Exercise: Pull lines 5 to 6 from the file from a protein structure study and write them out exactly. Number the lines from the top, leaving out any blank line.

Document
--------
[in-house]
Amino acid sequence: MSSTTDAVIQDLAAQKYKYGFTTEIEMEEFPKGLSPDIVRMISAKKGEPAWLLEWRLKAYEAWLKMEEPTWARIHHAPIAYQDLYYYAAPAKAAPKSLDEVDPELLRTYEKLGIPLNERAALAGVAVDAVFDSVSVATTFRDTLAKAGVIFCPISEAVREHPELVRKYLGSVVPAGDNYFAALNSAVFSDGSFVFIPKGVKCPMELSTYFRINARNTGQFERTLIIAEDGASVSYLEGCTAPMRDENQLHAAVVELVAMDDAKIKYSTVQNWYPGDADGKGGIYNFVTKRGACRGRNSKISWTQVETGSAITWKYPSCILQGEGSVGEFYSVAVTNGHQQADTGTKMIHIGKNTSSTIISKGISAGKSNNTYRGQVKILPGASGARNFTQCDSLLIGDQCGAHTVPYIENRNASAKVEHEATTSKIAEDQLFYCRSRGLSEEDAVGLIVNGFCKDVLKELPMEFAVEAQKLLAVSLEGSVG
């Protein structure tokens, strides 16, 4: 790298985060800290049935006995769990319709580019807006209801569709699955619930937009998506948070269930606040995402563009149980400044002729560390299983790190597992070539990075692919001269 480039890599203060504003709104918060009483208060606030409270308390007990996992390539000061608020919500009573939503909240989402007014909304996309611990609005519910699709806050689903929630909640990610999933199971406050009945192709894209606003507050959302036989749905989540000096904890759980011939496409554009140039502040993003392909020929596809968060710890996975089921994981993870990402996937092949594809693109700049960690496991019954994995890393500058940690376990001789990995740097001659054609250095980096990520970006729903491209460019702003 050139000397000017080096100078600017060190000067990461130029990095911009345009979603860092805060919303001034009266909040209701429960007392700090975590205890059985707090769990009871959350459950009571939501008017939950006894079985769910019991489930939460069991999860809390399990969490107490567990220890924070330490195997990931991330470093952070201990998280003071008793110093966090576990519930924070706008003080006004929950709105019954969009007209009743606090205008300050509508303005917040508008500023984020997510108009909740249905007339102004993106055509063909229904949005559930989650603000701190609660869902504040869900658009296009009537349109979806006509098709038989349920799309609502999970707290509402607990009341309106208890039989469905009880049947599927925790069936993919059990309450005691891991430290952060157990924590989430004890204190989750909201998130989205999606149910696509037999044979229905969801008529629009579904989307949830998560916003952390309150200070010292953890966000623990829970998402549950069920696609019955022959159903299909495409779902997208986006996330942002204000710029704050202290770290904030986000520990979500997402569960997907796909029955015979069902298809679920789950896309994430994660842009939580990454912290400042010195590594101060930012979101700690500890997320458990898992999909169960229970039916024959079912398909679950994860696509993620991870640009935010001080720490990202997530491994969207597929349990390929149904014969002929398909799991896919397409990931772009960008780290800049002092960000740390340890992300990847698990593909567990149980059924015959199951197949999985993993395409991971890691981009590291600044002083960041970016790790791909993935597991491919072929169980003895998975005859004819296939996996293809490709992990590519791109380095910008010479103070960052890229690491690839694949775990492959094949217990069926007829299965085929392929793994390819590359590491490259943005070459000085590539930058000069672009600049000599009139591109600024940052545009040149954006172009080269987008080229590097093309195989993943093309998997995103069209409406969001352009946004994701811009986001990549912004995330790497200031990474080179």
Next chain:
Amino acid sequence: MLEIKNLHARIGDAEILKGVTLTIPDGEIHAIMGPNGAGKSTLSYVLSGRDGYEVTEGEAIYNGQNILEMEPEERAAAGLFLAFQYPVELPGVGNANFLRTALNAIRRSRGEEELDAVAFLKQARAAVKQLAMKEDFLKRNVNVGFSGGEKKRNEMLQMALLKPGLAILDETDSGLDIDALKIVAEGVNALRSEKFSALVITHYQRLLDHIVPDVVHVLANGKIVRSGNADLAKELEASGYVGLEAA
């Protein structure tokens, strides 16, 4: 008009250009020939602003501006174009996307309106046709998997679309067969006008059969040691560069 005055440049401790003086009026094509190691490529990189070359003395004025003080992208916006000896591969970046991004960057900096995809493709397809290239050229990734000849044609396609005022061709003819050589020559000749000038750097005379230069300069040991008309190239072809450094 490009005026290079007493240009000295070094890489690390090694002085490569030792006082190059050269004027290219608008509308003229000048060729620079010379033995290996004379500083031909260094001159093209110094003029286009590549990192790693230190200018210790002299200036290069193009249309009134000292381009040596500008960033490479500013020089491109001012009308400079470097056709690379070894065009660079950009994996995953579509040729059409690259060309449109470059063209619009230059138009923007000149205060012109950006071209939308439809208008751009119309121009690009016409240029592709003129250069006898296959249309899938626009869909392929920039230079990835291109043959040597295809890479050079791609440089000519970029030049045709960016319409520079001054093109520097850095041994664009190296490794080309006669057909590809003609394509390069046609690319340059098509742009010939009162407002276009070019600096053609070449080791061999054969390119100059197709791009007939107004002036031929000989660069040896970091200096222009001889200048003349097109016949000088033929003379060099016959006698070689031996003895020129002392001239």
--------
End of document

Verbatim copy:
Amino acid sequence: MLEIKNLHARIGDAEILKGVTLTIPDGEIHAIMGPNGAGKSTLSYVLSGRDGYEVTEGEAIYNGQNILEMEPEERAAAGLFLAFQYPVELPGVGNANFLRTALNAIRRSRGEEELDAVAFLKQARAAVKQLAMKEDFLKRNVNVGFSGGEKKRNEMLQMALLKPGLAILDETDSGLDIDALKIVAEGVNALRSEKFSALVITHYQRLLDHIVPDVVHVLANGKIVRSGNADLAKELEASGYVGLEAA
């Protein structure tokens, strides 16, 4: 008009250009020939602003501006174009996307309106046709998997679309067969006008059969040691560069 005055440049401790003086009026094509190691490529990189070359003395004025003080992208916006000896591969970046991004960057900096995809493709397809290239050229990734000849044609396609005022061709003819050589020559000749000038750097005379230069300069040991008309190239072809450094 490009005026290079007493240009000295070094890489690390090694002085490569030792006082190059050269004027290219608008509308003229000048060729620079010379033995290996004379500083031909260094001159093209110094003029286009590549990192790693230190200018210790002299200036290069193009249309009134000292381009040596500008960033490479500013020089491109001012009308400079470097056709690379070894065009660079950009994996995953579509040729059409690259060309449109470059063209619009230059138009923007000149205060012109950006071209939308439809208008751009119309121009690009016409240029592709003129250069006898296959249309899938626009869909392929920039230079990835291109043959040597295809890479050079791609440089000519970029030049045709960016319409520079001054093109520097850095041994664009190296490794080309006669057909590809003609394509390069046609690319340059098509742009010939009162407002276009070019600096053609070449080791061999054969390119100059197709791009007939107004002036031929000989660069040896970091200096222009001889200048003349097109016949000088033929003379060099016959006698070689031996003895020129002392001239």